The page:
For the man or woman who appreciates erotic fiction that is well-written and convincing, Honey Brown’s Six Degrees is a series of short stories set in Australia that combine all manner of romantic and sexy situations.
Lovers of romantic historical fiction have lots to choose from too – consider The Soldier’s Wife by Pamela Hart, The Perfumer’s Secret by Fiona McIntosh or Sweet Wattle Creek by Kate Dobbie
For a serious but beautiful novel set in the last century through two world wars, someone you know is bound to love William Boyd’s novel about female photographer Amory Clay in Sweet Caress. For a nostalgic, sad and thought-provoking novel, consider Australian writer Stephanie Bishop’s compelling novel about motherhood and migration set in 1950s rural England and Perth, The Other Side of the World.
Who doesn’t know someone who is a shopaholic, social media and selfie addict? They might love Ellie O’Neill’s funny and loveable novel, The Enchanted Island, about a young woman who escapes city life on a magical island off the coast of Ireland.
Fantastic award winners this year include Australian novels The Strays by Emily Bitto (The Stella Prize), and The Eye of the Sheep by Sofie Laguna (The Miles Franklin). And US novelist Anthony Doerr won the Pulitzer Prize for his mesmerising story of a blind French girl and German boy in World War 2 in All the Light We Cannot See.
Have you or your friends or family discovered the wonderful Elena Ferrante novels yet? If not, you’re sure to know someone who would be thrilled with the first in the series of four stunning novels, My Brilliant Friend. Or, if they’re already a Ferrante fan, buy the latest (and last) in the series, The Story of the Last Child. (They will love you forever)
Cookbooks are welcome treats at Christmas. For the those with a sweet tooth, treat them to The Cook and Baker by Cherie Bevan and Tass Tauroa, a gorgeous cookbook filled with twists on traditional, indulgent favourites. Or for those with a more healthy leaning try The Wholesome Cook by award winning blogger Martyna Angell – it’s packed full of delicious and nutritious recipes that cater for those with food intolerances and dietrary restrictions.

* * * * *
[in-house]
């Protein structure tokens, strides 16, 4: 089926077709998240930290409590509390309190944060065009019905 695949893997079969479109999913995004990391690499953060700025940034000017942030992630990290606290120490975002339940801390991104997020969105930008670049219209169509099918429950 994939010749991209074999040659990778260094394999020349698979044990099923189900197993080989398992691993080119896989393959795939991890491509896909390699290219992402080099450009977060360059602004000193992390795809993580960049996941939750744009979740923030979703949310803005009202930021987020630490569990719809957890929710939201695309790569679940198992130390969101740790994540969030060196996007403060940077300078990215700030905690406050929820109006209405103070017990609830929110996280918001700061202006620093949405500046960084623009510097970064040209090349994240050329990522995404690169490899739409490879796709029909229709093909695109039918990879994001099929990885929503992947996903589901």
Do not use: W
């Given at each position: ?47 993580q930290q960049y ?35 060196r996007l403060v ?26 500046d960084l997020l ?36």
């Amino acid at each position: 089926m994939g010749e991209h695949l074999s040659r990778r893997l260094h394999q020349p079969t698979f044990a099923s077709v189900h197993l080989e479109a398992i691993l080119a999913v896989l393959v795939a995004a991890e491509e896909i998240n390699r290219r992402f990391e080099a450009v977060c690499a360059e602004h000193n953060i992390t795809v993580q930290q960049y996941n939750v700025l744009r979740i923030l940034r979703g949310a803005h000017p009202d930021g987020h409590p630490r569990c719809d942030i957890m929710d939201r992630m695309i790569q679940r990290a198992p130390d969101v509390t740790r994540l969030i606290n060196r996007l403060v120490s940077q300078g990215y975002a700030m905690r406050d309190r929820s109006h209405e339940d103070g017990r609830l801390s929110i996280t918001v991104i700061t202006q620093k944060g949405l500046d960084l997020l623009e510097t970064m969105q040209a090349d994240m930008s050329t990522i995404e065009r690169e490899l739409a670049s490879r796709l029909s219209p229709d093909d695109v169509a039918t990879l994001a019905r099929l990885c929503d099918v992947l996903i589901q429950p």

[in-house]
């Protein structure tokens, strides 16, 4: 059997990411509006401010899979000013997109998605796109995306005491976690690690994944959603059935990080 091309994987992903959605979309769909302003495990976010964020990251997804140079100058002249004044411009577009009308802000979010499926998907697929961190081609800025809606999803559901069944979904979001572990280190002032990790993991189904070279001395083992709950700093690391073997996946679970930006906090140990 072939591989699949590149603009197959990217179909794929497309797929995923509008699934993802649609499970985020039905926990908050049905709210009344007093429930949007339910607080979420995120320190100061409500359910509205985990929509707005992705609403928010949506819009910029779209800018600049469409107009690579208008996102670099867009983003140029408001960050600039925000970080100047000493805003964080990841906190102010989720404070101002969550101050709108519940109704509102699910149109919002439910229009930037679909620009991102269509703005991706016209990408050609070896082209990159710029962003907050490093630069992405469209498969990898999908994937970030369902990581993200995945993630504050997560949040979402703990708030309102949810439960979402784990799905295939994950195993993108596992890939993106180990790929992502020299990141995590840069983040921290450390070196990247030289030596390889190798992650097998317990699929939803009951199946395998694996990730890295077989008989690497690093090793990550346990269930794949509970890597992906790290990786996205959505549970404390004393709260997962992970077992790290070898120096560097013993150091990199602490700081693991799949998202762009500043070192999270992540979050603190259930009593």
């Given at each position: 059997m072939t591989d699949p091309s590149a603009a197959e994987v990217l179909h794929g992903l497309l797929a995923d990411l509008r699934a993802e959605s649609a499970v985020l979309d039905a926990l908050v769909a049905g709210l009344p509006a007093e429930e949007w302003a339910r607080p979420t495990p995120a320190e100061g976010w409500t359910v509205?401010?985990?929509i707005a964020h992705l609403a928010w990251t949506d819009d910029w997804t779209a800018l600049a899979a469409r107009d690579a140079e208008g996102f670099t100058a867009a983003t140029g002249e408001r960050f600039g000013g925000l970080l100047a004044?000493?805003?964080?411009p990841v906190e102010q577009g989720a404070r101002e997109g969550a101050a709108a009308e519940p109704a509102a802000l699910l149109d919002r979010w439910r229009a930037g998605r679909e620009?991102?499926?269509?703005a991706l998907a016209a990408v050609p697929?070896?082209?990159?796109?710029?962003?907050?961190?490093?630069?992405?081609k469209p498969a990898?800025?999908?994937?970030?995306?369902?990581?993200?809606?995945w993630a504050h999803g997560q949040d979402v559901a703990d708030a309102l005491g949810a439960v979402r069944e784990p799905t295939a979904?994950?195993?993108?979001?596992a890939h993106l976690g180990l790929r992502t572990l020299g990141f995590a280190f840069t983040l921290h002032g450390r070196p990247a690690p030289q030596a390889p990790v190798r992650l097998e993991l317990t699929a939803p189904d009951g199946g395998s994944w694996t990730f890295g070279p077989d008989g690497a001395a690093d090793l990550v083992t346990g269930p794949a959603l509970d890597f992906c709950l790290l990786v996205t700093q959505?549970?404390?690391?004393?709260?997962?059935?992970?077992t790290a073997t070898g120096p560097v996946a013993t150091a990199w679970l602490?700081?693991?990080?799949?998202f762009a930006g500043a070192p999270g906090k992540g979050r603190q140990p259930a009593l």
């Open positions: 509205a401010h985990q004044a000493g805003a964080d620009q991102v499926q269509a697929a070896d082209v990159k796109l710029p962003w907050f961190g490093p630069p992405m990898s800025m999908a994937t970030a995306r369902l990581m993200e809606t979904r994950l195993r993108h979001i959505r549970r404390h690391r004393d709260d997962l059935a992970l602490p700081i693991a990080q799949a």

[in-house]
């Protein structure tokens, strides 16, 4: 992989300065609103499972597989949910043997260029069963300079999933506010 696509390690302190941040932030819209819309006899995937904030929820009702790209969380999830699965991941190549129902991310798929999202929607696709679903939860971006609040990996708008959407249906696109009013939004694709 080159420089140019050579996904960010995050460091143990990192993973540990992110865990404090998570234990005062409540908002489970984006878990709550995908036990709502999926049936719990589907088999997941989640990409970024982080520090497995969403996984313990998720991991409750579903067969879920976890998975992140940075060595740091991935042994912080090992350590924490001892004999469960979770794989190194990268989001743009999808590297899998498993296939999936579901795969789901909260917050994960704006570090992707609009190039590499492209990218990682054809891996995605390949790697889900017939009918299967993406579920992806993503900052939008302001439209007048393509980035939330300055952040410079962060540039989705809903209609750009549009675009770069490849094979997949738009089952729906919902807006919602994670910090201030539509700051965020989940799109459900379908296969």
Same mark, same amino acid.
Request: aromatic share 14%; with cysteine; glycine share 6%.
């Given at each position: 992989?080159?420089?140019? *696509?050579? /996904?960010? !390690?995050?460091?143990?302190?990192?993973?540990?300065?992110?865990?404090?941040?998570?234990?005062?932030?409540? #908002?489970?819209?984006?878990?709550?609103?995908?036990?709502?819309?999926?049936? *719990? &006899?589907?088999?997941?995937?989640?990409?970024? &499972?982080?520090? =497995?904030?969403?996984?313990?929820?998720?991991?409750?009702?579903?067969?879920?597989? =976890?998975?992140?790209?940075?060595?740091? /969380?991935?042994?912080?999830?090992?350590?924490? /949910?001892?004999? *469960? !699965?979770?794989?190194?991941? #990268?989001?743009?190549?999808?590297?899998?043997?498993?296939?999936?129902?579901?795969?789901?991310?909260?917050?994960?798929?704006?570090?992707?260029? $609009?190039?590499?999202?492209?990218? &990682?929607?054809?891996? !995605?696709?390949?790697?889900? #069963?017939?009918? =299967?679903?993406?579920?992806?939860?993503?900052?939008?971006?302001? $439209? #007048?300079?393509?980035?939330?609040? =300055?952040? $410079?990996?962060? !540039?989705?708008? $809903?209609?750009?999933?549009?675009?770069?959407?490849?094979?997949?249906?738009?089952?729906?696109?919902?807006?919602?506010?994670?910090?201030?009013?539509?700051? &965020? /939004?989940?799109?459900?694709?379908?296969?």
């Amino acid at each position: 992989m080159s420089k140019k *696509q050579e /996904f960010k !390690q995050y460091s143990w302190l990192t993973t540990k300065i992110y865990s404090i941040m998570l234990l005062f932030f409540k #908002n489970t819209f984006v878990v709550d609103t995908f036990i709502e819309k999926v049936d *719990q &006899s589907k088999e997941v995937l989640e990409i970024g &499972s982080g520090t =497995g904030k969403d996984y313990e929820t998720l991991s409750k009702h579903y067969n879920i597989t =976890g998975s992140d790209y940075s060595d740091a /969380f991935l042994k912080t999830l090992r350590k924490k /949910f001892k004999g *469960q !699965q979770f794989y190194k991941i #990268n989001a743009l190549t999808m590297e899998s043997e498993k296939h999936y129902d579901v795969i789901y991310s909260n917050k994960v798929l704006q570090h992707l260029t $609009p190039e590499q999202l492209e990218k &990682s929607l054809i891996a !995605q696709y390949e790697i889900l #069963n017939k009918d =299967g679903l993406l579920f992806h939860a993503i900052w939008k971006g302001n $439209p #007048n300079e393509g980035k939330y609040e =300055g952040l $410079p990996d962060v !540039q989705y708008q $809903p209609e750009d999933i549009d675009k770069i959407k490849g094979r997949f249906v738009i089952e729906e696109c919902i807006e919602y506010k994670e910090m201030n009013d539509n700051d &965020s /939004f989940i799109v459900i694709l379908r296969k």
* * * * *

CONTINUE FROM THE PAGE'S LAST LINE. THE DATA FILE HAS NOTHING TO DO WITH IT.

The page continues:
Timely for dealing with all those Christmas leftovers and avoiding waste, is the latest from River Cottage’s Hugh Fearnley-Whittingstall, The River Cottage Love Your Leftovers. It’s full of creative and inventive ways to transform your leftover food into easy, delicious dishes.
Or do you know a guy that would love to cook but hasn’t got a clue where to start? Consider giving him Dan Churchill’s Dude Food: A Guy’s Guide to Cooking Kick Ass Food.
For those interested in history, journalist Grantlee Kieza’s thoroughly researched and fascinating insight into one of Australia’s most significant historical figures, Monash: The Soldier Who Shaped Australia, is a must-buy.
Know someone who is an aspiring artist or writer? Then bestselling author Elizabeth Gilbert’s Big Magic is an inspirational account of her own journey from fearful wannabe writer to phenomenally successful writer.
For a heartbreakingly sad, but beautiful and inspiring story, two families are united by tragedy in the amazing story of Doujon’s Heart.
Would it be possible to get through a book store this Christmas without being tempted by an adult colouring book for at least one person in your family? There are so many to choose from but one of the more recent standout additions is The Harry Potter Official Adult Colouring Book. (See our article earlier this year on Why Adults Are Going Crazy for Colouring Books.)
Finally, does anyone know someone who has way too much stuff and doesn’t know how to tackle the problem – in other words, a hoarder? Then do them a favour and buy them the book everyone’s been talking about this year, Marie Kondo’s The Life Changing Magic of Tidying Up. It’s a funny, highly readable self help book about how to get rid of all the excess stuff in your life. We disagree with Marie Kondo on one point though – and that’s her recommendation to cull your books. That’s what bookshelves are for; we would never do that.
For the kids or young adults in your family check out some of our many book recommendations for readers of all ages in our Book Lists and our Kids & YA section.